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Back when I lived in Boston and worked as a Speech-Language Pathologist in the schools, one of my favorite teachers that I worked with recommended this book from the school’s book fair.
I’m so glad she did because this book has gotten A LOT of use over the past few years during therapy with preschoolers and now with my own little girl!
Reading with your child is wonderful for so many reasons, but I love Bear Sees Colors by Karma Wilson and Jane Chapman in particular because the color-focused picture scenes can be very interactive. Here’s how you can use this book to increase language development:
Read It Aloud and Build New Vocabulary:
This book has a lovely rhyming scheme and flow, so it is just really fun to read aloud! Point out the characters as you go because these animals are unique and your child might not have encountered a raven, badger, mole, hare, or gopher yet.
The author also uses unique word choices for common items like galoshes for rain boots, etc. This is great for vocabulary building!
After reading a page with new vocabulary, I will often tell children the common name for it as well such as, “Galoshes is a another name for rain boots.”
Take Turns “Spying” Items on the Color Pages:
- For pre-talkers, you can point to something on the page and label what it is: “fish.” Then guide your little one to point to something and tell her what it is!
- For very early talkers, do the same as above but see if she will imitate you. Try telling her the word 1-2 times, but if she doesn’t repeat it, it’s okay!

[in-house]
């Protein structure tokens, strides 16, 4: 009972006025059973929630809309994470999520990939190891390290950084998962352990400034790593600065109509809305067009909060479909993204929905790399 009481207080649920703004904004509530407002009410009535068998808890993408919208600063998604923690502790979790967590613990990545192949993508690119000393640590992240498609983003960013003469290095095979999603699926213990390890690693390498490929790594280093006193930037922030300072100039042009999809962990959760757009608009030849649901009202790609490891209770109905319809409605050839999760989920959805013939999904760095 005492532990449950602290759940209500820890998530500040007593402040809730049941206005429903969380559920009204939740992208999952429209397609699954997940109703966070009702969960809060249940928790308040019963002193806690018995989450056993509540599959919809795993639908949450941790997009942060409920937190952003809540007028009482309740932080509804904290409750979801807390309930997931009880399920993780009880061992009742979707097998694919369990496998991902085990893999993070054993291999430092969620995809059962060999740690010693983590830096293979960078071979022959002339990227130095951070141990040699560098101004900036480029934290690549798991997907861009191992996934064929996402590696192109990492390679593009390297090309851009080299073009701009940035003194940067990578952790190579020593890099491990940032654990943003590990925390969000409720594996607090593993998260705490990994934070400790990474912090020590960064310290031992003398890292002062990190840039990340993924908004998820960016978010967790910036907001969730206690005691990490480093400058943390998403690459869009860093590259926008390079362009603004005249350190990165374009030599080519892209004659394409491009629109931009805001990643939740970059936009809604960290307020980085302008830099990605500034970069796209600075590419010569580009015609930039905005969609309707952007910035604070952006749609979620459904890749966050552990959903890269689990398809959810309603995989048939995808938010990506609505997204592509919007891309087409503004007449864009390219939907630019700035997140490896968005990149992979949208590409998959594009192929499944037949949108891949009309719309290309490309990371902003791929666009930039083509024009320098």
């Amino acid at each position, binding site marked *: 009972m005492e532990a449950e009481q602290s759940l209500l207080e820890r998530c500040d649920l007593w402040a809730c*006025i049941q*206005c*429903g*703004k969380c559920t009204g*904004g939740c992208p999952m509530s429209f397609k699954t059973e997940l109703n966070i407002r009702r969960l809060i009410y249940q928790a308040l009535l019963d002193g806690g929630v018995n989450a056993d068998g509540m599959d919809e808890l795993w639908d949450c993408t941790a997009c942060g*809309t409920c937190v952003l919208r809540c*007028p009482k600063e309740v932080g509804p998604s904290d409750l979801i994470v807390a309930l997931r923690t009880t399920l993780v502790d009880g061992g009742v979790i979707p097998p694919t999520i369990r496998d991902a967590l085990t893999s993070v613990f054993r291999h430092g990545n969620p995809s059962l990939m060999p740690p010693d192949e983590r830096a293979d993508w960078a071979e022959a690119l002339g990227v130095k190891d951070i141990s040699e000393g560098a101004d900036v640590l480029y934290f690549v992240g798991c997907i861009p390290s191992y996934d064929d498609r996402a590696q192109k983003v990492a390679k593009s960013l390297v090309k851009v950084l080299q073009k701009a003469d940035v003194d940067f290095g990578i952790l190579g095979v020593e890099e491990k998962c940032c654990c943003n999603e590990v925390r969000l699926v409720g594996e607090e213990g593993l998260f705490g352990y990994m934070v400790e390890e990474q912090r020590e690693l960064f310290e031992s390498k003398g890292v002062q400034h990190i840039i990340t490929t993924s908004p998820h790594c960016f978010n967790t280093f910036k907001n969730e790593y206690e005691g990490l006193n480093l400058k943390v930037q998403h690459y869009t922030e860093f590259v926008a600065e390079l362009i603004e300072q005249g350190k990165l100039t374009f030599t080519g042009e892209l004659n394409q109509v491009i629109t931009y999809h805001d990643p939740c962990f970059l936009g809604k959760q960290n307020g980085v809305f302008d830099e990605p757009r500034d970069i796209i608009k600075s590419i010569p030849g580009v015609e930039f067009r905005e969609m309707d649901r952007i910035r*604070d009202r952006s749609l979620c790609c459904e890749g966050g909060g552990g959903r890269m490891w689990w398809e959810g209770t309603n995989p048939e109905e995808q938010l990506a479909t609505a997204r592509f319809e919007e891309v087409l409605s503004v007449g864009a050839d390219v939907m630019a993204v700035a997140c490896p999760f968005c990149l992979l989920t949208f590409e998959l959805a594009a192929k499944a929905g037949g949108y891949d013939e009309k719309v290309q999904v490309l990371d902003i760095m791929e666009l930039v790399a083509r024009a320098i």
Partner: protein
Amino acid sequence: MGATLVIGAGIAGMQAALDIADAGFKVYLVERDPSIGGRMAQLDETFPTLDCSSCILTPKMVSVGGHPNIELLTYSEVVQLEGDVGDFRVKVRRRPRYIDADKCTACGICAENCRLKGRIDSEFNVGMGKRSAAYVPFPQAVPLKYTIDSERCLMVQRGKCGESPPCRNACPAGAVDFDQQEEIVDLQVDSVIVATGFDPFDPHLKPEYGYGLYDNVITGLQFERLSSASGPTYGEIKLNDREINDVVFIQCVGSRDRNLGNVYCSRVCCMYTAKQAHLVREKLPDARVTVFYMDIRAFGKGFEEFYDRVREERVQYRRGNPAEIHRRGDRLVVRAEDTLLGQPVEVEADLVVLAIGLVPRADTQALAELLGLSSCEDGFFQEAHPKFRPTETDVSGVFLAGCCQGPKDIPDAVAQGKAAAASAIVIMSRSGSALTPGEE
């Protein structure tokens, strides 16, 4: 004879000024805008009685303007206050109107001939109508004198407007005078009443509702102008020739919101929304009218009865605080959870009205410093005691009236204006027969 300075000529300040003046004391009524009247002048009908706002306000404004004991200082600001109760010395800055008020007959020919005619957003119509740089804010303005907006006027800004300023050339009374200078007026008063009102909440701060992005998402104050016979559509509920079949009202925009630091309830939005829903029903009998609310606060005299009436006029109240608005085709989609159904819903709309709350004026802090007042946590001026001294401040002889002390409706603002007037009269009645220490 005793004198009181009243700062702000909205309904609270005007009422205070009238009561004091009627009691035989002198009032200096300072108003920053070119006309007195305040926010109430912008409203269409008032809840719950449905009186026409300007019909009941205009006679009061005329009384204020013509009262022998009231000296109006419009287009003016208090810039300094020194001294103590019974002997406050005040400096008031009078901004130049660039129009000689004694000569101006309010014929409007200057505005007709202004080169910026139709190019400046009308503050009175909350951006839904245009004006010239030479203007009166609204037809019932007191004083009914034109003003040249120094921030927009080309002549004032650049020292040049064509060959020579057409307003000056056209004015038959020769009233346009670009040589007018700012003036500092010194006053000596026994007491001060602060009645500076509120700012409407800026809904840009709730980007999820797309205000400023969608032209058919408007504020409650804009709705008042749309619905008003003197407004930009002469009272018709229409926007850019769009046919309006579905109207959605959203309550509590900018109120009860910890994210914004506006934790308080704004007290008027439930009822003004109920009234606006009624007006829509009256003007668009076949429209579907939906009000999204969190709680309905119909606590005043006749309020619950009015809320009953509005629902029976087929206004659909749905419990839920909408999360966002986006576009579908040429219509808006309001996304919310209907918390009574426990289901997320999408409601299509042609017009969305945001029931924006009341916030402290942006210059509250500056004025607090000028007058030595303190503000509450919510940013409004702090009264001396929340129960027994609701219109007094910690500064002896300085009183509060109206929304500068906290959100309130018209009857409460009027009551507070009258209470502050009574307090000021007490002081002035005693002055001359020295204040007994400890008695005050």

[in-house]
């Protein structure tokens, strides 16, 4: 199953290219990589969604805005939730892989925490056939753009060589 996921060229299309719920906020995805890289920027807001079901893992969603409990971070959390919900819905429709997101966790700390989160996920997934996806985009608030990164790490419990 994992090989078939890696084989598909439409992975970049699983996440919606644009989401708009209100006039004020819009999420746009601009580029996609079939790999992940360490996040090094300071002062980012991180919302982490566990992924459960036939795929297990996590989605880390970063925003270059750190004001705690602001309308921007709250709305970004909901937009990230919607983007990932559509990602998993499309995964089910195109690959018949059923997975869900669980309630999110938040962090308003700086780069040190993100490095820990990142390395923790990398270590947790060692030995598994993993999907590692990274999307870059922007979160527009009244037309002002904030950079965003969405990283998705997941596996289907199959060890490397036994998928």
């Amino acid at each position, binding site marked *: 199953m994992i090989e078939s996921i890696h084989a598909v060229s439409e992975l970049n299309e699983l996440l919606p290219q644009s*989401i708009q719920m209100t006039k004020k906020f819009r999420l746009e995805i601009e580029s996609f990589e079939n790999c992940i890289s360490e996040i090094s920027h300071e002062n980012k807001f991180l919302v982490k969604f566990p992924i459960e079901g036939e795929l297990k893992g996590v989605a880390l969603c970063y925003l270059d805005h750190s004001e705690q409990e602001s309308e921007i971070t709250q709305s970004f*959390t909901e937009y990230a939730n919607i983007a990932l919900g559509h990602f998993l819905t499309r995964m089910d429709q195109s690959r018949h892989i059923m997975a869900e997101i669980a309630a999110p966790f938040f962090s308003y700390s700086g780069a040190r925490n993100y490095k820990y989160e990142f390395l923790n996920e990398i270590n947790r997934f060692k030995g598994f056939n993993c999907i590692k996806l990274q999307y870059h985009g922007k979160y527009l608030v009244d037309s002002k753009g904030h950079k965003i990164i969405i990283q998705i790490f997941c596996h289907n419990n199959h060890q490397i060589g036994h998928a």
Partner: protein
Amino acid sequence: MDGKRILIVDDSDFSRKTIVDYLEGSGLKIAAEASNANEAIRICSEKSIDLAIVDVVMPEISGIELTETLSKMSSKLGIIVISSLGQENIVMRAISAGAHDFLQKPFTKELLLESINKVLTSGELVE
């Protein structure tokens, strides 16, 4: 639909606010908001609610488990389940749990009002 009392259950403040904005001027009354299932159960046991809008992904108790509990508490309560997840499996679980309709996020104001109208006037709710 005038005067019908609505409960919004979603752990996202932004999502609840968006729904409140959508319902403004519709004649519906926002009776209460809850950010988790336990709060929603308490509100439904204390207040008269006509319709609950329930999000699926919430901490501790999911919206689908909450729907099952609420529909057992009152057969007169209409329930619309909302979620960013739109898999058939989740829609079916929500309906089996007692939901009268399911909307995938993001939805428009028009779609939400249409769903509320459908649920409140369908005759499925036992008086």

- For children working on combining two words, this is the perfect book because everything on the color page starts with the same color. You can label a blue fish, blue bucket, blue flower, etc. Take turns to see if she can combine two words.
- For kids working on sentences, you can use the sentence starter, “I see . . .” I often will say something like, “I see a blue fish. What do you see?” This offers your child a model of a complete sentence and allows for turn-taking (an important building-block for conversation!)
Based on the title, I’m sure it’s no surprise that colors are a theme here! The way the story is set-up really lends itself to labeling the target color as you turn the page and reveal what color “bear sees.”
This book naturally works with the Expectant Pause strategy, which is a great way to encourage children to chime in. Read more about using the Expectant Pause here.
Most children love repetition, so after you’ve read this book a few times your child will be excited to fill in the end of your sentence!
Act Out the Action Words:
Building vocabulary with action words can be extra fun for a busy little one because you can ask him to act out the action just like the characters in the book.
Depending on your child’s level you might tell him, “Roll around like bear!” This is great for building receptive language (how your child understands and processes language).
OR you can work on expressive language (how your child talks) by asking him, “What is bear doing?” See if he’ll answer you and then get silly acting it out!
Some action words to target:
- stroll or walk
- swim and splash
- roll (on the ground)
Talk about Foods:
At the end of the book the characters have a picnic. You can keep playing “I see” to reinforce the turn taking skills you practiced on the color pages.
You can talk about which foods you and your child like and which foods you don’t like that are on the picnic blanket! This is great for children who are talking at the sentence level.
Want to make it easier? Try asking yes/no questions about the foods: “Do you like cookies/fish/blueberries/etc.?” (And since you probably know which foods your child likes, you can give a big clue by shaking or nodding your head!)
If you are interested in adding Bear Sees Colors to your library, you can find it on Amazon here.
I hope you enjoy this book as much as I do! Let me know in the comments section below.
What book gets your little one talking? I’m always on the lookout for new books for my library!
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